TreeHouse Foods (NYSE:THS) knows that nothing smothers the bitter taste of recession like cheap sauces and soups. Far from the biggest or best-known food producer, the company may nonetheless help investors amass a small clubhouse worth of profits.

Spun off from Dean Foods (NYSE:DF) in 2005, TreeHouse is one of the few pure plays on the growth of private-label and value-branded food products -- a trend well-documented by AC Nielsen and other research groups. That shift in consumer behavior seems to be flowing toward TreeHouse's bottom line; when it reported first-quarter 2009 results in early May, management edged up full-year EPS guidance. Of course, impressive margin improvements in the company's retail segment are no doubt contributing to the upbeat outlook.

In addition, TreeHouse scores brownie points on its debt metrics. Its 0.76 debt-to-equity ratio is well below the 1.15 industry average. The outstanding $379 million on its revolving credit facility carried an average interest rate of 1.16% at the end of the first quarter, and interest on the $100 million in senior notes due 2013 runs a reasonable, if less inspiring, 6.03%. All in all, the historically acquisitive TreeHouse appears to have the financial flexibility to bring additional brands under its canopy.

The company's Food Away From Home segment, however, has sagged right along with the economy, as consumers cut back on dining out. Net sales for Q1 2009 fell 5.9%, on a 7.6% volume decrease. That performance might reflect the unusually low inventories run by the division's corporate customers earlier in the year, so future quarters could see a moderate uptick even if the economy fails to regain its appetite.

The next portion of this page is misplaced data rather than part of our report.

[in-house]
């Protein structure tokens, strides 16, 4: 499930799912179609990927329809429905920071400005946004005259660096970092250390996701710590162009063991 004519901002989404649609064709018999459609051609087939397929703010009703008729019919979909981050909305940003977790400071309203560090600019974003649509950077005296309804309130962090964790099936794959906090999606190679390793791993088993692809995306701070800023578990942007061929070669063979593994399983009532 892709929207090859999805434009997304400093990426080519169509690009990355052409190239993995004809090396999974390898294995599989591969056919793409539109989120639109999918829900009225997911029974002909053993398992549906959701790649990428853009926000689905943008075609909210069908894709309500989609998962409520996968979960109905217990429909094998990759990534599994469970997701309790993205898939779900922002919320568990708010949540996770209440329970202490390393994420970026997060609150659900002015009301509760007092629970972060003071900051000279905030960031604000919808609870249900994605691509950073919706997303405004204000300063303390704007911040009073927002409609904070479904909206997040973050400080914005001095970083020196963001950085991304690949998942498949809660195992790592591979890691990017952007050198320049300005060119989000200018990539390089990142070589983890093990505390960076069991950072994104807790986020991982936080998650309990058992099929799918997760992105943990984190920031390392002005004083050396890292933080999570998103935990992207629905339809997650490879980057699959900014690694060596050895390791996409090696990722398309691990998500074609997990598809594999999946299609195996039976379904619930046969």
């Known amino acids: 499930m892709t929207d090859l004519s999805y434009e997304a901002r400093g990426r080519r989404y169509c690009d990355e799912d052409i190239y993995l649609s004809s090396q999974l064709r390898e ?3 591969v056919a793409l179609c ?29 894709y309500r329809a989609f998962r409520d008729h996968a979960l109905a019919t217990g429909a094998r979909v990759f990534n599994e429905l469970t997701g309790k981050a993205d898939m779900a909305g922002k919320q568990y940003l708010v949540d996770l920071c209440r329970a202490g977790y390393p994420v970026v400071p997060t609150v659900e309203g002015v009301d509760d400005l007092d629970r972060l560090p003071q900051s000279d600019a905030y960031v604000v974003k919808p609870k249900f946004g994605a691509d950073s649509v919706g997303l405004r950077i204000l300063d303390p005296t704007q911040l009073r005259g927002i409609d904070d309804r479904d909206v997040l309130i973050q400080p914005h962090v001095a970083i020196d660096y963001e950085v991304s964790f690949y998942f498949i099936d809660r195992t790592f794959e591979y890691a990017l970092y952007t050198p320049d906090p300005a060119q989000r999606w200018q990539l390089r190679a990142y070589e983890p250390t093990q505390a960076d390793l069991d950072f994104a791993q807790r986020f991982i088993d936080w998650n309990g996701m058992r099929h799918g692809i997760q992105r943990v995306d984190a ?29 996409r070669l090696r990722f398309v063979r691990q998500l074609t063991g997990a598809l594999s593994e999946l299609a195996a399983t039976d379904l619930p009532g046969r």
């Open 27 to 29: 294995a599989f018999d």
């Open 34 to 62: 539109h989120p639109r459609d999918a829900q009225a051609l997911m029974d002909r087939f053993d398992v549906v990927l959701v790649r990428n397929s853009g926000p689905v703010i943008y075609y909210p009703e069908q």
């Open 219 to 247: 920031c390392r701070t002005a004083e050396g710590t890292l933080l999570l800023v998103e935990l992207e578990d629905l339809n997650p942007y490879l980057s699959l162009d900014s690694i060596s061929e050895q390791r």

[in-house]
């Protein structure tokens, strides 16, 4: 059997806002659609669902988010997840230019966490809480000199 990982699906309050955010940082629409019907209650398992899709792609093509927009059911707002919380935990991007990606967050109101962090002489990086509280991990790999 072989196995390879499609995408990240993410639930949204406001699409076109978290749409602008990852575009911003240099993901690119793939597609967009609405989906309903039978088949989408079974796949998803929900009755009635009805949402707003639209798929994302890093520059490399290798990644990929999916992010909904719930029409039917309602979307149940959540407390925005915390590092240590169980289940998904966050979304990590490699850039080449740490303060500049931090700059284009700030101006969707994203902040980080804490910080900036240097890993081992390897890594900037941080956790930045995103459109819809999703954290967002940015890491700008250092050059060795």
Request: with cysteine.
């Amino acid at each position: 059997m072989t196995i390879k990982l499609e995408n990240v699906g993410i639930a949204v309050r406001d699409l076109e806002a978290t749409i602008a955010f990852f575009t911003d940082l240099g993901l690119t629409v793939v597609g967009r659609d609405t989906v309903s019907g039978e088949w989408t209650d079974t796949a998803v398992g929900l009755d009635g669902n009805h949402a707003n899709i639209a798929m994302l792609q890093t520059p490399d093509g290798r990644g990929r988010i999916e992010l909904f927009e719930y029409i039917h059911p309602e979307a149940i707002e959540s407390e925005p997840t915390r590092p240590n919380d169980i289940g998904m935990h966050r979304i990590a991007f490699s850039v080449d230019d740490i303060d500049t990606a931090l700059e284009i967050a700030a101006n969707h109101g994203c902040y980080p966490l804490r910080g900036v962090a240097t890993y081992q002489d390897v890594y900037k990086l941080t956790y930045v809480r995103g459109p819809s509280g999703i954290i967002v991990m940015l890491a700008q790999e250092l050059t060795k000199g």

Investors should also note that Wal-Mart (NYSE:WMT) and its affiliates represented more than 15% of TreeHouse's 2008 net sales. This would appear to be nothing but a positive, but if the company's relationship with the big-box discounter ever soured, shareholders could find themselves nursing an ulcer.

In terms of near-term operational gains, it appears that the pickle business -- responsible for roughly 20% of sales -- will be TreeHouse's prime driver. Key events include the 2008 closure of an unprofitable plant and a new sales focus that strives to improve efficiency through strategic customer relationships. Any additional cause for a celebratory meal among shareholders would likely come in the form of an attractively priced acquisition. Management recently noted a "steady stream of acquisition prospects".

Potential disruptions to TreeHouse's outlook include the usual suspects: competition from the likes of Costco (NASDAQ:COST) and its value-based Kirkland brand, along with the ever-present danger of rising commodity costs. Reversion to name brands like Campbell (NYSE:CPB) could also hurt TreeHouse's cheaper products.

TreeHouse's trailing P/E of 23.7 is unhappily high, partially because of some one-time charges in 2008 that depressed earnings, but its 2010 P/E is a more reasonable 13.9. That's still a slight premium to blue-chip players Unilever (NYSE:UL) and Kraft (NYSE:KFT), but that valuation may be warranted, given the company's comparative strengths.

In the end, I can’t say that TreeHouse shares are a blue-plate special, but this may still be a fine time to nibble at them.

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Costco is a Motley Fool Stock Advisor recommendation. Costco and Wal-Mart are Motley Fool Inside Value selections. Unilever is a Motley Fool Income Investor recommendation. The Fool owns shares of Costco. Try any of our Foolish newsletter services free for 30 days.

Fool contributor Mike Pienciak owns shares of Wal-Mart and TreeHouse. The Fool has a disclosure policy.